Promise to co-operate on habitat designation

CO-OPERATION, not confrontation, will be the Department of the Environment’s approach to farmers when designating further sites for habitat protection.

Ireland is still required by the EU authorities to designate sites for certain species, in particular the hen harrier and chough, according to the Department.

Designations for chough will not go beyond four coastal areas and inland cliff areas of Kerry and west Cork, and one in Donegal.

The extent of the harrier designation cannot be finalised until information on the current extent of forest planting is available from the Forest Service. For species such as merlin and kingfisher, no new land or waters are likely to be designated. For species such as red-throated diver and corncrake, designation is likely to be five areas for each, of less than 100 hectares. Upcoming designations of five additional areas for Greenland white-fronted goose will have minimal impact on landowners, according to the Department.

Thirty-five Special Protection Areas required, under threat of European Court proceedings, are described as “almost all non-controversial wetland and seabird sites”.

There will be minor extensions of existing Special Areas of Conservation, in particular the inclusion of further stretches of smaller rivers where salmon spawn.

Of more concern to landowners will be plans to statutorily designate biological and ecological sites as Natural Heritage Areas.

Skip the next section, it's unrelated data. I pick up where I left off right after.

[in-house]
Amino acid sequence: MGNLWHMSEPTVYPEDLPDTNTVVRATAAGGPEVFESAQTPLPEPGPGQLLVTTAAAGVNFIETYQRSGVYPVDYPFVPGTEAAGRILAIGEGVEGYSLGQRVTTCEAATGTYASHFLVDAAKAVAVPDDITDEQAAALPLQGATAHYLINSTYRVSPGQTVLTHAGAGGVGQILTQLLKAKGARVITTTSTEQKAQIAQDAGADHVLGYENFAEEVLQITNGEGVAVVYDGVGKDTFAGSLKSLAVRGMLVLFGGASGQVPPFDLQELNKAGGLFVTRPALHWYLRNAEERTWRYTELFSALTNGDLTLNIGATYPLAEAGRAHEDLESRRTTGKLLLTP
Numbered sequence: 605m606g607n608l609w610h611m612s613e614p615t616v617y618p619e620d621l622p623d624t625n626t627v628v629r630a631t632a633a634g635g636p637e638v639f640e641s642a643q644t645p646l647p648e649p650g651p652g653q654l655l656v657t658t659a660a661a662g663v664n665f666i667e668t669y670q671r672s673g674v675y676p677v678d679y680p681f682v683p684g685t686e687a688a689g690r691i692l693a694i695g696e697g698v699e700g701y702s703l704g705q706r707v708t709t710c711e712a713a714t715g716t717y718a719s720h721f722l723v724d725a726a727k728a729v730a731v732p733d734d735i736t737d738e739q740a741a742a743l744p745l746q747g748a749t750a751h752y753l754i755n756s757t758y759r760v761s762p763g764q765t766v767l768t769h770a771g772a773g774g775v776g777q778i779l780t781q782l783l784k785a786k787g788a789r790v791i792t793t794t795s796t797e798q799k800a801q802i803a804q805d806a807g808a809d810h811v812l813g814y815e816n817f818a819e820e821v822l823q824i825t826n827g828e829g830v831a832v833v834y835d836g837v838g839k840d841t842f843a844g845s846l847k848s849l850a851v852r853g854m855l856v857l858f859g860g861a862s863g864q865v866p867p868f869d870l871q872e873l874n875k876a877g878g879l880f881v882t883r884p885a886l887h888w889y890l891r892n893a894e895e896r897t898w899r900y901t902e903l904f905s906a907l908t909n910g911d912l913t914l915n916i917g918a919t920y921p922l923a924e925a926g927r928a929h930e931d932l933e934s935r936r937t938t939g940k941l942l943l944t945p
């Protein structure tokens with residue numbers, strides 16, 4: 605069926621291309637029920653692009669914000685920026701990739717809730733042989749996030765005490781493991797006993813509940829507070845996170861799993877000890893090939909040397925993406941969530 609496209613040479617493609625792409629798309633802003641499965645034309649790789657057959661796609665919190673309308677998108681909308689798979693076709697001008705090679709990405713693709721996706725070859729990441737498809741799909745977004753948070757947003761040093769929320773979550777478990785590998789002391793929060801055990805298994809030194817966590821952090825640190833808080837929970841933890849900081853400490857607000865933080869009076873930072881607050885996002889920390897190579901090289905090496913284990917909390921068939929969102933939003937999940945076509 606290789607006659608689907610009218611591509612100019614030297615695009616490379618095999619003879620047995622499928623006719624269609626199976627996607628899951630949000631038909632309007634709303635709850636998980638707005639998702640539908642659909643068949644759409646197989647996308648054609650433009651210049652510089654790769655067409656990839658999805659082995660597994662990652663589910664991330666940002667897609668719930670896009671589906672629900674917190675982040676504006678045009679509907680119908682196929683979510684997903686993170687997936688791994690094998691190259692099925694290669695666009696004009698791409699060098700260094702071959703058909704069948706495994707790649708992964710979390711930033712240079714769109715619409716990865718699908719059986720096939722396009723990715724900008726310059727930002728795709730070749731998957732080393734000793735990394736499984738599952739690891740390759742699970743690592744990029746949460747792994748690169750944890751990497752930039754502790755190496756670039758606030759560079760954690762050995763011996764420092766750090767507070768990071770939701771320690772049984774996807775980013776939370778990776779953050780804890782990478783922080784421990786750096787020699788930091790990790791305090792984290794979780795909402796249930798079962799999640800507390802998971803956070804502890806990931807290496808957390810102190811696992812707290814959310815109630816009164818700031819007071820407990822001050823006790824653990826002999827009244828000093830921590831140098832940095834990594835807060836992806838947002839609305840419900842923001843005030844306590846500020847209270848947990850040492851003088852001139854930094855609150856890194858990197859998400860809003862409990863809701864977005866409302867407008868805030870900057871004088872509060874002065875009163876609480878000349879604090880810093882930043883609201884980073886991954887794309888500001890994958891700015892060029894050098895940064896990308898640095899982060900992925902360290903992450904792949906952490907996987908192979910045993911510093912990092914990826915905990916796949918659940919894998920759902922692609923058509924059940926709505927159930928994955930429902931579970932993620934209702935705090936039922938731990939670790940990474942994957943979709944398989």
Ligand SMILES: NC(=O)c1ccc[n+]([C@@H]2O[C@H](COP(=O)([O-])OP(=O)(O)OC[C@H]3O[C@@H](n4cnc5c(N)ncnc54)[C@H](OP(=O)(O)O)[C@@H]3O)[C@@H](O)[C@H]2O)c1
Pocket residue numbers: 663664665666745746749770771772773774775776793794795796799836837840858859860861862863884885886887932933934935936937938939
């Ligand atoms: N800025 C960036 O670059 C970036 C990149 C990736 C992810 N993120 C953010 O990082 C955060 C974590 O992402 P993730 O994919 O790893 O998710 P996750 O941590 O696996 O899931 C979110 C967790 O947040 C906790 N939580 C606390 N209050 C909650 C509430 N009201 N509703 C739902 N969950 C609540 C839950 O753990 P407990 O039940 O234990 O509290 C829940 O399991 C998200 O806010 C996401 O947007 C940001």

They will be chosen mostly from the 630 proposed NHAs, covering approximately 100,000 hectares, details of which were published on a non-statutory basis in 1995.

The Geological Survey of Ireland is preparing a list of geological or geomorphological sites to be proposed to the Department of the Environment for designation as Natural Heritage Areas.

These are unlikely to have implications for agricultural land use.

The Department has told farmer organisations that they will notify individual farmers or landowners in writing, fully explaining the scientific reasons for designation of their lands, and the prescribed farming conditions and restrictions that will apply.

Follow-up visits will be arranged where requested, for more detailed discussion.

“Designated areas can only be successfully conserved with the active involvement of their owners”, said the Department in a press statement.

The Department and the farm organisations are developing a Code of Practice for contact with landowners.

A farmer or landowner may appeal a designation with the local officer on the ground, or with the Designated Areas Appeals Advisory Board.

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